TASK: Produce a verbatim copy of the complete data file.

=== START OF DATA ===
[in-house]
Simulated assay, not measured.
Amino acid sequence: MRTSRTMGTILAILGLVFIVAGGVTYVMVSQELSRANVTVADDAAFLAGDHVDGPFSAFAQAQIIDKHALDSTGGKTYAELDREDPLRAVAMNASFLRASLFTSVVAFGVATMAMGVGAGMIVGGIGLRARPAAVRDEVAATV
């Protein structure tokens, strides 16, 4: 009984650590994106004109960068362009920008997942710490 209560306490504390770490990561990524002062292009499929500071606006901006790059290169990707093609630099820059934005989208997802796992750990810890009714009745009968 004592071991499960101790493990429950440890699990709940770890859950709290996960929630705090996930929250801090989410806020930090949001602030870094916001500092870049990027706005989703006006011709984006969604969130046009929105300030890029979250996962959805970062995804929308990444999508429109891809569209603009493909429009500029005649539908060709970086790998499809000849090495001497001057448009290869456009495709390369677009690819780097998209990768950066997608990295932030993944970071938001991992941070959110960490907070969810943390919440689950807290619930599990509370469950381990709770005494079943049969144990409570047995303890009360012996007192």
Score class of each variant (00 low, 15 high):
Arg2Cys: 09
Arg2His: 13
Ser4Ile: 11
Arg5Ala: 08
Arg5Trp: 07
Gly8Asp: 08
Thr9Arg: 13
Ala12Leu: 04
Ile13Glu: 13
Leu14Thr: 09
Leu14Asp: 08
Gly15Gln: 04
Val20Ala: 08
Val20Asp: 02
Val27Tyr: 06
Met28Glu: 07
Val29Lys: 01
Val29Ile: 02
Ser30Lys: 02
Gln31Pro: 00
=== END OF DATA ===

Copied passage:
[in-house]
Simulated assay, not measured.
Amino acid sequence: MRTSRTMGTILAILGLVFIVAGGVTYVMVSQELSRANVTVADDAAFLAGDHVDGPFSAFAQAQIIDKHALDSTGGKTYAELDREDPLRAVAMNASFLRASLFTSVVAFGVATMAMGVGAGMIVGGIGLRARPAAVRDEVAATV
């Protein structure tokens, strides 16, 4: 009984650590994106004109960068362009920008997942710490 209560306490504390770490990561990524002062292009499929500071606006901006790059290169990707093609630099820059934005989208997802796992750990810890009714009745009968 004592071991499960101790493990429950440890699990709940770890859950709290996960929630705090996930929250801090989410806020930090949001602030870094916001500092870049990027706005989703006006011709984006969604969130046009929105300030890029979250996962959805970062995804929308990444999508429109891809569209603009493909429009500029005649539908060709970086790998499809000849090495001497001057448009290869456009495709390369677009690819780097998209990768950066997608990295932030993944970071938001991992941070959110960490907070969810943390919440689950807290619930599990509370469950381990709770005494079943049969144990409570047995303890009360012996007192």
Score class of each variant (00 low, 15 high):
Arg2Cys: 09
Arg2His: 13
Ser4Ile: 11
Arg5Ala: 08
Arg5Trp: 07
Gly8Asp: 08
Thr9Arg: 13
Ala12Leu: 04
Ile13Glu: 13
Leu14Thr: 09
Leu14Asp: 08
Gly15Gln: 04
Val20Ala: 08
Val20Asp: 02
Val27Tyr: 06
Met28Glu: 07
Val29Lys: 01
Val29Ile: 02
Ser30Lys: 02
Gln31Pro: 00